NIGHT SOUNDS

 By Booger & Bubba
Copyright 2004
All Rights Reserved
 

 

          Night time is cat time. We are nocturnal. More things that we like to hunt and chase, trap and taste, come out and run around at night. When you think about it, much of what we catch by simply running it down is rather similar to items in the human diet. In fact, in many third world countries, much of what we consume is the same as the human diet, and we have to compete with humans for food. Eventually, third worlders also eat cats. So in the end, they win. We are organizing an international feline affinity group known as the Society for the Promotion of People Eating More Dogmeat. We have our largest constituency amongst our fellow cats from Southeast Asia. After some marinating, doggies do better on the barbie. Many recipes for goat do quite well also for dog. If you change the name from Cabrito to Perrito in Spanish, and use a little imagination, you could see yourself having luncheon in almost any cantina in Texas or Mexico.

To raise money for our cause, we sell bumper stickers and tee shirts that say ‘EAT MO DAWG”.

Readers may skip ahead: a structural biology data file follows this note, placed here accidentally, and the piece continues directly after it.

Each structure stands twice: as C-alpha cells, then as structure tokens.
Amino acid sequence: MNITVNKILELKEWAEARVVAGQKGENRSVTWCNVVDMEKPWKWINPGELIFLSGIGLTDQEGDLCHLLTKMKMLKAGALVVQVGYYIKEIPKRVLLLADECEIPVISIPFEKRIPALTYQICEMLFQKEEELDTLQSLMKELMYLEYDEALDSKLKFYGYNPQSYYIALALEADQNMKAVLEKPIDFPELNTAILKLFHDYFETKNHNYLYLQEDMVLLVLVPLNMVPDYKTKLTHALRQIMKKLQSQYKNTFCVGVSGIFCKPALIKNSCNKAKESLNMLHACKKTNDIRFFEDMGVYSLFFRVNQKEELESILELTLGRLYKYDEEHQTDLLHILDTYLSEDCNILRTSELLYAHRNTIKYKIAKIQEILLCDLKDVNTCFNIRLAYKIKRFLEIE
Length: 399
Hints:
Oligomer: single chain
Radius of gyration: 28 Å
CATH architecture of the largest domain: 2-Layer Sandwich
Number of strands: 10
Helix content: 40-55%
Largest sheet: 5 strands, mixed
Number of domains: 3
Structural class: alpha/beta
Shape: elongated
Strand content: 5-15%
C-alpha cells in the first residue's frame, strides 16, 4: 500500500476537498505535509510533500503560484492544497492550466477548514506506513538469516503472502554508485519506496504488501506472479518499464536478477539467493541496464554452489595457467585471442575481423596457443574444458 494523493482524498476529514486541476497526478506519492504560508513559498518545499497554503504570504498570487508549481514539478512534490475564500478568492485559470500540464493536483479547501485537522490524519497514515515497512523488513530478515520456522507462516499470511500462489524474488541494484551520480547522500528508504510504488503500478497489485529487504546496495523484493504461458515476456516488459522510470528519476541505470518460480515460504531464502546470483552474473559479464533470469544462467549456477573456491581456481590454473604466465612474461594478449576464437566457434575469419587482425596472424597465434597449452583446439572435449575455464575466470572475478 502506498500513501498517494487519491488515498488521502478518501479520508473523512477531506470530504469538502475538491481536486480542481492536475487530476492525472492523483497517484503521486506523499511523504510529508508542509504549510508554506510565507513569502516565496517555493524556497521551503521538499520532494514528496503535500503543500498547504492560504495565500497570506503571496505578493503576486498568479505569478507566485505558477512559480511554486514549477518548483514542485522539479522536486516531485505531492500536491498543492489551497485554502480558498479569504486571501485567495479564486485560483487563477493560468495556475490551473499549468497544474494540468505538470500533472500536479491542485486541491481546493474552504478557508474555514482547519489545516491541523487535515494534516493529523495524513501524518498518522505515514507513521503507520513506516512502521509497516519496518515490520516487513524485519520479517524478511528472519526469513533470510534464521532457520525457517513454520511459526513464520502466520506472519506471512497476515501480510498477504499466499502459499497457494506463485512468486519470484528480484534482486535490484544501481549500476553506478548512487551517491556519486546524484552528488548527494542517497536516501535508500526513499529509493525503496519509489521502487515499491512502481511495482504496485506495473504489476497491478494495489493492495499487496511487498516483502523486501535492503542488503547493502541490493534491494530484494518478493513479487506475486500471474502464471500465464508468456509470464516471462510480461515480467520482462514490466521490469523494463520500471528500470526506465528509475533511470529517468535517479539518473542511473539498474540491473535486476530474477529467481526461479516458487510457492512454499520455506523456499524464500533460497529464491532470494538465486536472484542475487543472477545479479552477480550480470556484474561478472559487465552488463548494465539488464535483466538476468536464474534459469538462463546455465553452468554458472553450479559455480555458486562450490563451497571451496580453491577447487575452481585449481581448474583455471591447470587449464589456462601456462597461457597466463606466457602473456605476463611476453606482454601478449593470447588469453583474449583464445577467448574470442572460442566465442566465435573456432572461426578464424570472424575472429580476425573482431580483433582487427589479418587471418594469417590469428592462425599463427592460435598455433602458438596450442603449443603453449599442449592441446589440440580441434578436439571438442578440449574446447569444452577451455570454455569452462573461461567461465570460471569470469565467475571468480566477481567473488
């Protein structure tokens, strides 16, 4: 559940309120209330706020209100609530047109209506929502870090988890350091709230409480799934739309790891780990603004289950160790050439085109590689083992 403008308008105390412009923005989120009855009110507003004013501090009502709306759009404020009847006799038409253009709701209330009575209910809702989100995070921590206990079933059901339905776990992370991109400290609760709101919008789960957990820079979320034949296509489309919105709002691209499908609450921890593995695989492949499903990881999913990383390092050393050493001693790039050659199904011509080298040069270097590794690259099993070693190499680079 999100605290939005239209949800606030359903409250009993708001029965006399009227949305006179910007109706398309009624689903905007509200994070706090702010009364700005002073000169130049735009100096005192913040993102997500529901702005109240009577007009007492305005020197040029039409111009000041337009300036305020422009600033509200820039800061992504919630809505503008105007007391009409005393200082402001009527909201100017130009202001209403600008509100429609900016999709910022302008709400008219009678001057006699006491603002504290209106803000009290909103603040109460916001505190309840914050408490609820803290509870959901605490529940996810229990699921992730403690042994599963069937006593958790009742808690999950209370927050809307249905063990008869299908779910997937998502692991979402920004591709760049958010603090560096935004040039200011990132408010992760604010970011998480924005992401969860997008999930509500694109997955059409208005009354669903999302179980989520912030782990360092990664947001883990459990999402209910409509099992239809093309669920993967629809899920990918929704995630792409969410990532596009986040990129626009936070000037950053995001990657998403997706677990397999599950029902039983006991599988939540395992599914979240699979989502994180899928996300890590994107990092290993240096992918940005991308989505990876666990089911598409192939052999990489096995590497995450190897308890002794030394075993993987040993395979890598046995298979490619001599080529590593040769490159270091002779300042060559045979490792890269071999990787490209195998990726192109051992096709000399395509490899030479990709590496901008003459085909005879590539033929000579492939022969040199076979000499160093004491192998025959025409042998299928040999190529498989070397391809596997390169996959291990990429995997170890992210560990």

Now how did we get off on that awful discussion? Oh yes! I remember. We were comparing what we chase around here in Houston at night to things that our human friends also like to eat. For example, in Louisiana and coastal Texas, people love to eat shrimps and crawfish – crawfish are called mudbugs for the way they live. We eat things like that, but they simply have other names. Can you guess what they might be? Think about it a while. Shrimps is not very good English usage, but around here it is commonplace. Elsewhere shrimps are called shrimp -  elsewhere, more than one shrimp is shrimp. That sounds rather odd, doesn’t it? But that’s not the end of it. You ever hear of grits? Grits is a delicious hot cereal preparation that can be made as a breakfast item or in many other incarnations, mixed with hot peppers, gravies, meats, various cheeses, herbs like cilantro, basil or parsley, sausages. YUM. There is no such thing as a grit. There is only grits. Grits is singular, like soup is singular, even though there are many kinds of soup. Grits is very southern and very inexpensive. That is, unless you coarse grind grits, in which instance grits becomes polenta – very Italian and more expensive. Mum is a grits, though – she is a Girl Raised In The South – GRITS. Yeah!